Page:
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S.V.B.  NUTCRACKER
Surpass our Expectations
By Iride Aparicio


Photos Courtesy SVB

The dance of the SNOW FLAKES in Karen Gabay’s choreography
        The dance of the SNOW FLAKES in Karen Gabay’s choreography

SAN JOSÉ, CA --- There are many versions of the NUTCRACKER BALLET danced on the different stages of the theatres in the Bay Area during the holidays.  And while all the stories originated from the ERNST THEODOR AMADEUS HOFFMANN (l776-l822) better known as E.T.A. HOFFMANN “The Nutcracker and the King of the Mice,” each ballet is different from each other because each one reflects vision of its choreographer. Another reason, is the story, or the part of the story that the dancers are telling the audience in dance because there are also different versions of the story.  The most common, is the one done in l892 by ALEXANDRE DUMAS that with the music of PETER ILYICH TCHAIKOVSKY and the coreography of MARIUS PETIPA was used to create the ballet.

As a writer, E.T.A HOFFMAN was one of the most prominent figures of nineteenth-century German literature. He completed the story of “The Nutcracker” in l816 and the story was published in Kinder-märchen, a Children’s Christmas Story book written in collaboration with  C.W.CONTESSA, and FRIEDRICH,  BARON DE LA MOTTE FOUQUÉ

While the original story of a German girl name Marie, Claire or Marsha (depending on the ballet)  who dreams that her nutcracker doll is transformed into a human Prince and invites her to visit The Land of Sweets after killing the Mice King remains the same in most ballets, elements in the story change.   

The NUT CRACKER's version, choreographed by Coreographer and former Principal Dancer KAREN GABAY for SVB takes the audience back to the original HOFFMAN’s story, thus, this may be the only ballet presented in the Bay Area this year that tell the audience the reason why a man, was turned into a nutcracker wooden doll

BSV principal dancer MAYKEL SOLAS as the Nutcraker/Prince
BSV principal dancer MAYKEL SOLAS as the Nutcracker/Prince

The story set to a Libretto poem by KAREN GABAY (with special thanks to Clement Clarke Moore) written in the program, and it begins with Drosselmeier (RAYMOND RODRIGUEZ) carrying a heavy trunk to the house of Dr. Stahlbaum (BRETT BAUER) and his wife (CAROLINA MACHADO) Christmas party to bring toys to their children Fritz (JOSE GAMERO and Marie (JUNNA IGE) his Godchild.

Drosselmeier's arrival at the party, is an event for everyone. Specially after his puppet performance in a makeshift  theatre, where he relates (in pantomine) to the children “The Tale of the Hard Nut” and the young princess that was put to sleep after being bit by the King Mouse.

The ambiance of the Christmas party, in GABAY’s choreography was elegant and  natural. The groups of adult couples in elegant costumes (DAVID GUTHRIE)  doing different dances was creative, and, the dances of the groups of children well rehearsed. And there was a mischivious Fritz (JOSE GAMERO) bothering his sister and pulling the head off her nutcracker' toy.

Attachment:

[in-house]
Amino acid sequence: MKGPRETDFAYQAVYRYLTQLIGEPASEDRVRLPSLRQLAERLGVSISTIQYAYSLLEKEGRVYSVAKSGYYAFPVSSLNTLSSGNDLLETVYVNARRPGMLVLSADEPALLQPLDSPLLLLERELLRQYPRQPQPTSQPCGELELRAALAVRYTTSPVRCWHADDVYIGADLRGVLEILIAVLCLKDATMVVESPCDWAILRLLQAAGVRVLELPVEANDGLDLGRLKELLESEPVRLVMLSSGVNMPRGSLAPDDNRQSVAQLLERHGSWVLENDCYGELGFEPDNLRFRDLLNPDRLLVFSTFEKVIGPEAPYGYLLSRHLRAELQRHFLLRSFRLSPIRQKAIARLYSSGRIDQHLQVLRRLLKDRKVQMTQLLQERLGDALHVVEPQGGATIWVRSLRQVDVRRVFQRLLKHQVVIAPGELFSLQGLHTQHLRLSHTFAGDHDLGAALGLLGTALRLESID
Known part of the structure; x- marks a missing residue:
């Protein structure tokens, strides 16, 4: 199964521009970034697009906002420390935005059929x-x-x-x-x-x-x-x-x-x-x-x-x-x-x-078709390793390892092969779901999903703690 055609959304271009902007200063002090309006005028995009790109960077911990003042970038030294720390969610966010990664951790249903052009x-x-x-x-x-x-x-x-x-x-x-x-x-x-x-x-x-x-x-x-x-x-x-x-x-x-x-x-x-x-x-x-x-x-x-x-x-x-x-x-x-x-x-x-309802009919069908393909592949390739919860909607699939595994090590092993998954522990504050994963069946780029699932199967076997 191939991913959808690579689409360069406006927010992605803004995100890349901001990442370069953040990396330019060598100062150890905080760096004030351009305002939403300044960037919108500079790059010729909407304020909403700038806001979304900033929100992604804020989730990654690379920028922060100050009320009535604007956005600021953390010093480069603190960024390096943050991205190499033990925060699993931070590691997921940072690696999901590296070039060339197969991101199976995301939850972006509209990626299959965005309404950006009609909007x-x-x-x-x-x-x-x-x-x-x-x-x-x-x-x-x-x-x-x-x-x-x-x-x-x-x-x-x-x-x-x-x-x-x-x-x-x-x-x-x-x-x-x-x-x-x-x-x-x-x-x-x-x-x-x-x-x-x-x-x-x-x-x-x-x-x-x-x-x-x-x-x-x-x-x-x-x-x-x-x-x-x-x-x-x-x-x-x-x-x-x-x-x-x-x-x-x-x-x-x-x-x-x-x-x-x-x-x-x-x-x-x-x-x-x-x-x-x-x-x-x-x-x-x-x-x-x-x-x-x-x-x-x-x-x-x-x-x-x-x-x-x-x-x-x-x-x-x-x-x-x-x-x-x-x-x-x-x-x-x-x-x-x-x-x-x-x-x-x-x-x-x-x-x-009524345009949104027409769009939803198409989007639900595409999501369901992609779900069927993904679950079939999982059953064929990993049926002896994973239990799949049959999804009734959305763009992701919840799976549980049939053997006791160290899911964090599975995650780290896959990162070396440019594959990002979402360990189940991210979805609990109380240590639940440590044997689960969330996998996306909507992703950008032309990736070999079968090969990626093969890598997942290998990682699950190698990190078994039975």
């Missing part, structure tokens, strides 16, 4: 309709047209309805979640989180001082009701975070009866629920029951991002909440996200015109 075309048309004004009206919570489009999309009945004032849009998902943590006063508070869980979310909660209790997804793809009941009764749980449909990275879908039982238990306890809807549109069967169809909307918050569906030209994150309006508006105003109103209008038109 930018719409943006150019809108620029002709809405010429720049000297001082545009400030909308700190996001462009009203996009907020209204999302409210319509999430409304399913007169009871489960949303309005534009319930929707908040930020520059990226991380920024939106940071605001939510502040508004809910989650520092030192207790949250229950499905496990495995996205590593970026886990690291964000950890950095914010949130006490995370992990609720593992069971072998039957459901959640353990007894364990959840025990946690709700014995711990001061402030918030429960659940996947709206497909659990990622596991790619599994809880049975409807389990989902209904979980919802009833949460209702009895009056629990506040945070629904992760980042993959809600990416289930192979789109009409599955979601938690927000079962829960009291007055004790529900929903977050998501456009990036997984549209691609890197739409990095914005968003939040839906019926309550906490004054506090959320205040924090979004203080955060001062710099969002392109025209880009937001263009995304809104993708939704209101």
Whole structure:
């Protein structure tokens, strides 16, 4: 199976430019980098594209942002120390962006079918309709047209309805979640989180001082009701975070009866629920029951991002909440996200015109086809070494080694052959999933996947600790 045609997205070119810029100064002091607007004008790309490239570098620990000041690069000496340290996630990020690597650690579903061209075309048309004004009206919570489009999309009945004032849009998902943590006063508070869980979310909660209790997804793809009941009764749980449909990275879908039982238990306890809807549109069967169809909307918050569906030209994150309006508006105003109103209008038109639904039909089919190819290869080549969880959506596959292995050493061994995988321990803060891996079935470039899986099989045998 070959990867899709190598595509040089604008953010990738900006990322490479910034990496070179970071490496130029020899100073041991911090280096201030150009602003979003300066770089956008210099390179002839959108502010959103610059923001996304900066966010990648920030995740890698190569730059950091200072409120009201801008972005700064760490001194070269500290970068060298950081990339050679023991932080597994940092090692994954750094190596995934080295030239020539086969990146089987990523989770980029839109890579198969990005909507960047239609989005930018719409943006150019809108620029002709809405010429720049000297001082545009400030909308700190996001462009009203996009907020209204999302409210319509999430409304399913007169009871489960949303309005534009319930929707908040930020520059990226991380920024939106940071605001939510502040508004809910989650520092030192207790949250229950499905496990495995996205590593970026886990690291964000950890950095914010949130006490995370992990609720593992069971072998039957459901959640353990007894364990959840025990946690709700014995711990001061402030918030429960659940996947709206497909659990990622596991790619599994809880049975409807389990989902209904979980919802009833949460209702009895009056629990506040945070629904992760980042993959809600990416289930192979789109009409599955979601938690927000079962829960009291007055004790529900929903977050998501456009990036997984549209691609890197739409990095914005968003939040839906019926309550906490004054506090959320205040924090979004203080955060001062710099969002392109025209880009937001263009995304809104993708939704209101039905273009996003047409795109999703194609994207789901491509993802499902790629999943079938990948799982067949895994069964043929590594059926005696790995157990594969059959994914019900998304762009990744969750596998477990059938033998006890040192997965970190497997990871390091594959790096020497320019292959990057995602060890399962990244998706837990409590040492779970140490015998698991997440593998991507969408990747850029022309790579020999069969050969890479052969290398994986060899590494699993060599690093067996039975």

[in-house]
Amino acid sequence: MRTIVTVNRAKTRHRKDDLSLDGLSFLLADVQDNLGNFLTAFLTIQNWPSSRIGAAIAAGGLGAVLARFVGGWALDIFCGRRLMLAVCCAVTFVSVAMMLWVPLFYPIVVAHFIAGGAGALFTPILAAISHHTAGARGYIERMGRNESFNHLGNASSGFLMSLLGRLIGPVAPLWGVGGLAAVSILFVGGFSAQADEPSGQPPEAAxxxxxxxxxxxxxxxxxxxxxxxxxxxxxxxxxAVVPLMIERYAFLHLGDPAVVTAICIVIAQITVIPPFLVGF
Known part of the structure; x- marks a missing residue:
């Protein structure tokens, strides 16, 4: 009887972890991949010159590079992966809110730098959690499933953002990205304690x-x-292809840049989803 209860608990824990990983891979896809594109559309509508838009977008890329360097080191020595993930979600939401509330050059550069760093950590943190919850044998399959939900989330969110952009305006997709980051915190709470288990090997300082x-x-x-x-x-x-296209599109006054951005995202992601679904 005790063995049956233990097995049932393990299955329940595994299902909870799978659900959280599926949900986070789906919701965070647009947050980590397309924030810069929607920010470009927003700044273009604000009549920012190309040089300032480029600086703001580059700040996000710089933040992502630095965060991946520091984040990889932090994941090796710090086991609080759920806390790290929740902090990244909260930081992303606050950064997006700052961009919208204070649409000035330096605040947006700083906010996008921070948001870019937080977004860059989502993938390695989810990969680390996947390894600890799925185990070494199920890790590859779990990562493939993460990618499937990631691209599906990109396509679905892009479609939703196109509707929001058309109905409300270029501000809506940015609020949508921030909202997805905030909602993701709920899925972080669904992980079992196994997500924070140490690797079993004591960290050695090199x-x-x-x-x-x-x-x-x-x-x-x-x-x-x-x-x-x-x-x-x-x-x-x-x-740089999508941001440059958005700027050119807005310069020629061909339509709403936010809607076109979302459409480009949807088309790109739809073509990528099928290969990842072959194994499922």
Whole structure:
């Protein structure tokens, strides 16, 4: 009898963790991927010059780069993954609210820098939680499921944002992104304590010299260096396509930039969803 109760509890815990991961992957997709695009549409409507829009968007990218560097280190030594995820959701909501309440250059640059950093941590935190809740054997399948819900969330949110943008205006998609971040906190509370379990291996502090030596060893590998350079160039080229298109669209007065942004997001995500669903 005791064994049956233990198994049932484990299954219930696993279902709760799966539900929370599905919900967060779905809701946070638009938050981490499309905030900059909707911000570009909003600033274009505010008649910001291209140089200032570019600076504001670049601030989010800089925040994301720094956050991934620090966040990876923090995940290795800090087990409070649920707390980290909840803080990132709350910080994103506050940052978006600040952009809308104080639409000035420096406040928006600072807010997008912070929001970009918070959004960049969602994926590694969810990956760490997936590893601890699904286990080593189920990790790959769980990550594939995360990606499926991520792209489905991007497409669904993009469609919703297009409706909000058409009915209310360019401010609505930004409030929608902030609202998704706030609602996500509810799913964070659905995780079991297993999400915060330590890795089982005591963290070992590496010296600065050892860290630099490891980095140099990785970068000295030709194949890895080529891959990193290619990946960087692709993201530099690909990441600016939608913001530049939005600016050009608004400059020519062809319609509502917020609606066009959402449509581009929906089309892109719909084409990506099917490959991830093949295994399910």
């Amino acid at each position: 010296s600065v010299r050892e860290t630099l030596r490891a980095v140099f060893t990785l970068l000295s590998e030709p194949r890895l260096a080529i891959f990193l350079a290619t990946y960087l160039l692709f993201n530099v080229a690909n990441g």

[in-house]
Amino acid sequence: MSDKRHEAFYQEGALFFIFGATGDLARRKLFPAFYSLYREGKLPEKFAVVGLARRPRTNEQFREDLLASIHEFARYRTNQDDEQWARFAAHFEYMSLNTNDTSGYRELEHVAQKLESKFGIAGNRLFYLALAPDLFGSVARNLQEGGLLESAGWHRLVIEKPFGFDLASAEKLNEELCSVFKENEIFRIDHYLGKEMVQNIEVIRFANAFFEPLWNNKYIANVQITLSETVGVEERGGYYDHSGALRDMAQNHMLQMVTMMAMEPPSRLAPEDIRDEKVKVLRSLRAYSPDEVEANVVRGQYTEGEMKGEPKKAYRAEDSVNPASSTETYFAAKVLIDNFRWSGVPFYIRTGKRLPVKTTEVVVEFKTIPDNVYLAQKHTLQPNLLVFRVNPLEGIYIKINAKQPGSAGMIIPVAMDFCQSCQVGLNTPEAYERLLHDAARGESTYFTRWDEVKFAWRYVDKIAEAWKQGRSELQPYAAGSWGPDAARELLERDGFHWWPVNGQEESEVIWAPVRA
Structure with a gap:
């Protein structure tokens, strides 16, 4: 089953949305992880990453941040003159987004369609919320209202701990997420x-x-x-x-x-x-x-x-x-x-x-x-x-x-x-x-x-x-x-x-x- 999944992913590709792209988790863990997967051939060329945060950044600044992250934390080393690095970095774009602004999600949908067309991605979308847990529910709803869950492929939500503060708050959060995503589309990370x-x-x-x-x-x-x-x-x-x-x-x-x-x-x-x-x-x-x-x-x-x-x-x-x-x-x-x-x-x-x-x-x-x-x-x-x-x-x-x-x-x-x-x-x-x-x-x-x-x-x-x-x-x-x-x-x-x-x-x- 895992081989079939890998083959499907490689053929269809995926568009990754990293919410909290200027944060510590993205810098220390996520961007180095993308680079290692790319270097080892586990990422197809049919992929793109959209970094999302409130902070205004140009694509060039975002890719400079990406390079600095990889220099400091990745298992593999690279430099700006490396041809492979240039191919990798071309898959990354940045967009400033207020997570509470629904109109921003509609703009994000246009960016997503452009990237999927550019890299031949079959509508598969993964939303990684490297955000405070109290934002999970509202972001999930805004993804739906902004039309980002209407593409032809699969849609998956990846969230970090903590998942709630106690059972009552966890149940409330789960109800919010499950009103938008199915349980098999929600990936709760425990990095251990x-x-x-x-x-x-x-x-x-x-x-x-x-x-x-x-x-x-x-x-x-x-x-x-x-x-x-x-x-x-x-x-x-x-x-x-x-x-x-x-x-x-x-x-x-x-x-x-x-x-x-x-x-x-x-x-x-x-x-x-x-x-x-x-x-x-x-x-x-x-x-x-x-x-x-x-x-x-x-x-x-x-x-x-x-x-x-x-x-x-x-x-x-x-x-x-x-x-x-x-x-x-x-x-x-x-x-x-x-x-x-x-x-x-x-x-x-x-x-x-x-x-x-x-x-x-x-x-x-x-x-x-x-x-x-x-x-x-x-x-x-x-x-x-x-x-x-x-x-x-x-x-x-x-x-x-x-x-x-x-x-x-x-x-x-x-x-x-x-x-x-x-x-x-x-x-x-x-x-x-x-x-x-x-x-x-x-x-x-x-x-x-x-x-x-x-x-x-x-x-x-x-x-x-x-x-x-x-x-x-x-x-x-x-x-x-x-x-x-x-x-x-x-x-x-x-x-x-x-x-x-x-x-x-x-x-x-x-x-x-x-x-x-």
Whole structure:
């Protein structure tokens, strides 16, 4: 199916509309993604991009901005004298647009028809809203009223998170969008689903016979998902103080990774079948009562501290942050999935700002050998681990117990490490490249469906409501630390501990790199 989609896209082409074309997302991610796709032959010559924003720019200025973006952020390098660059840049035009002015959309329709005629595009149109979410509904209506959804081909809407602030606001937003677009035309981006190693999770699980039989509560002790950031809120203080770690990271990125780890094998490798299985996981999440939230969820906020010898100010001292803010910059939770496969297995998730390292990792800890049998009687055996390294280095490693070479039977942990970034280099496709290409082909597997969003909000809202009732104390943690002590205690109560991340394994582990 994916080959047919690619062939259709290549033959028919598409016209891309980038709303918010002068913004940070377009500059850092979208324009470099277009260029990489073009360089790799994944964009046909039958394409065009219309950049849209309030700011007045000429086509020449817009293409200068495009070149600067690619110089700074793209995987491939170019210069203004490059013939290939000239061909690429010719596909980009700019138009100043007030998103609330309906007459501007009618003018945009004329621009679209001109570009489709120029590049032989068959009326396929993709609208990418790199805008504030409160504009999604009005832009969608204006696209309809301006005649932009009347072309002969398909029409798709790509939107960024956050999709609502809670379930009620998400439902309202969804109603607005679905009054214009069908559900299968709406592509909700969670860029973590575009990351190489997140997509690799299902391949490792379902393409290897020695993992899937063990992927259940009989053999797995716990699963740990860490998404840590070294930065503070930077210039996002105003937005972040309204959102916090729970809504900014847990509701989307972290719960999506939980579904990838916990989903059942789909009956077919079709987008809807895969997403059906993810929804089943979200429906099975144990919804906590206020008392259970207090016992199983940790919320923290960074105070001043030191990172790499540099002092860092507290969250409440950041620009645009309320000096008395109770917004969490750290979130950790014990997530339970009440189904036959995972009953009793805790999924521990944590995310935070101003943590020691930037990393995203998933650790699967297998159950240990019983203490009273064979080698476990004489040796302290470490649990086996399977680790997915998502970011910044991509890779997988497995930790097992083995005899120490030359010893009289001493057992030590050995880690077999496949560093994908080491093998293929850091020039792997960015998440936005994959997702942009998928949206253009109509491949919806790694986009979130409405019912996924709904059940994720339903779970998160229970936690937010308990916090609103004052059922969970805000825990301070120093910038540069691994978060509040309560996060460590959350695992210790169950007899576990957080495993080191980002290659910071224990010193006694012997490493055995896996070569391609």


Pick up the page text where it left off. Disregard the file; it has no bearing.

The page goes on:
And at the sound of twelve, the magic starts, and there was magic created on the stage on that night as we witness the battle between the soldiers and the mice.  The breath-taking Winter Wonderland, and the beautiful Snow Fles dance. And magical also was the Christmas dream. Where MAYKEL SOLAS as The Prince and JUNNA IGE as Marie observe the masterful dance performed by ALEXASANDRA MEIJER, OMMI PIPIT SUKSON y BRETT BAUER, a very fast Chinese dance and the athletic Russian dance, (a Cossack type of dance) requiring high jumps from the men danced by AMY MARIE BRIONES, RYAN DeALEXANDRO, JOSE GAMERO, WALTER GARCIA y KENDALL TEAGUE, that was the show stopper on that night.

SVB Principal dancers JUNNA IGE as Marie and MAYKEL SOLAS as the prince         

Marie and MAYKEL SOLAS as the prince


The production on opening night went on seamless with each dancer performing his or her role with mastery. In the Grand Pas de Deux Solas and IGE gave the audience beautiful fish figures including some with SOLAS lifting IGE over his head or siting her over his shoulder and then placing her gently on the stage and spinning her several times. In his solo, SOLAS gave us perfect high jumps, runs and fast spins. The solo of IGE was in punte and displayed her technique. The only thing it needed to be perfect, was dancing it, on the beat.

With JOSE MANUEL CARREÑO as its Artistic Director, the future of  SILICON VALLEY BALLET looks promising. Its former production of GISELLE choreographed by ALICIA ALONZO and now  GABAY’s Revised Version Premiere of the NUTCRACKER (12/12) demonstrate that the dancers of our Ballet Company  have reached the mastery in dancing that allows them to perform with pride on any stage in the world.

THE NUTCHRACKER will be presented at the San Jose Center for the Performing arts until December 27. For tickets call 408 – 288-2800 or go online at:  tickets.siliconvalleyballet.org

 
 
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